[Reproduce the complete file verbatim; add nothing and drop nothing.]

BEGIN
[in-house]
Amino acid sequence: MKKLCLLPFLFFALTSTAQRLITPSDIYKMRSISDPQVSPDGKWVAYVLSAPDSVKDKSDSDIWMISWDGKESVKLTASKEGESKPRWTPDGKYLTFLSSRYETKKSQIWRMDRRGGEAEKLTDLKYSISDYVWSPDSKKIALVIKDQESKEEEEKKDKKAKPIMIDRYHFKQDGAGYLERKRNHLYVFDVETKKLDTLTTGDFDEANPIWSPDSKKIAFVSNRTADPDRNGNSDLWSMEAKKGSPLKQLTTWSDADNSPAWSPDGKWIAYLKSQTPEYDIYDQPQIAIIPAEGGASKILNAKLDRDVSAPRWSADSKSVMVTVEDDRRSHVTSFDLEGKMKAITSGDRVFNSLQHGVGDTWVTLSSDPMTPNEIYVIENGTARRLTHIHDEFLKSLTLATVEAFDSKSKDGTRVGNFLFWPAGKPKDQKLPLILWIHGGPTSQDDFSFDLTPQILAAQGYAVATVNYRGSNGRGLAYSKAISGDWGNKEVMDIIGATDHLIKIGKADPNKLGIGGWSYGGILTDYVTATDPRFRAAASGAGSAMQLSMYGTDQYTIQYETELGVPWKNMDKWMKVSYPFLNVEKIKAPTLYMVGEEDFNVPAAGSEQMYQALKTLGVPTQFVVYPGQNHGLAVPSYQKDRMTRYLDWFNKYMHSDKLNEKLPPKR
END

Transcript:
[in-house]
Amino acid sequence: MKKLCLLPFLFFALTSTAQRLITPSDIYKMRSISDPQVSPDGKWVAYVLSAPDSVKDKSDSDIWMISWDGKESVKLTASKEGESKPRWTPDGKYLTFLSSRYETKKSQIWRMDRRGGEAEKLTDLKYSISDYVWSPDSKKIALVIKDQESKEEEEKKDKKAKPIMIDRYHFKQDGAGYLERKRNHLYVFDVETKKLDTLTTGDFDEANPIWSPDSKKIAFVSNRTADPDRNGNSDLWSMEAKKGSPLKQLTTWSDADNSPAWSPDGKWIAYLKSQTPEYDIYDQPQIAIIPAEGGASKILNAKLDRDVSAPRWSADSKSVMVTVEDDRRSHVTSFDLEGKMKAITSGDRVFNSLQHGVGDTWVTLSSDPMTPNEIYVIENGTARRLTHIHDEFLKSLTLATVEAFDSKSKDGTRVGNFLFWPAGKPKDQKLPLILWIHGGPTSQDDFSFDLTPQILAAQGYAVATVNYRGSNGRGLAYSKAISGDWGNKEVMDIIGATDHLIKIGKADPNKLGIGGWSYGGILTDYVTATDPRFRAAASGAGSAMQLSMYGTDQYTIQYETELGVPWKNMDKWMKVSYPFLNVEKIKAPTLYMVGEEDFNVPAAGSEQMYQALKTLGVPTQFVVYPGQNHGLAVPSYQKDRMTRYLDWFNKYMHSDKLNEKLPPKR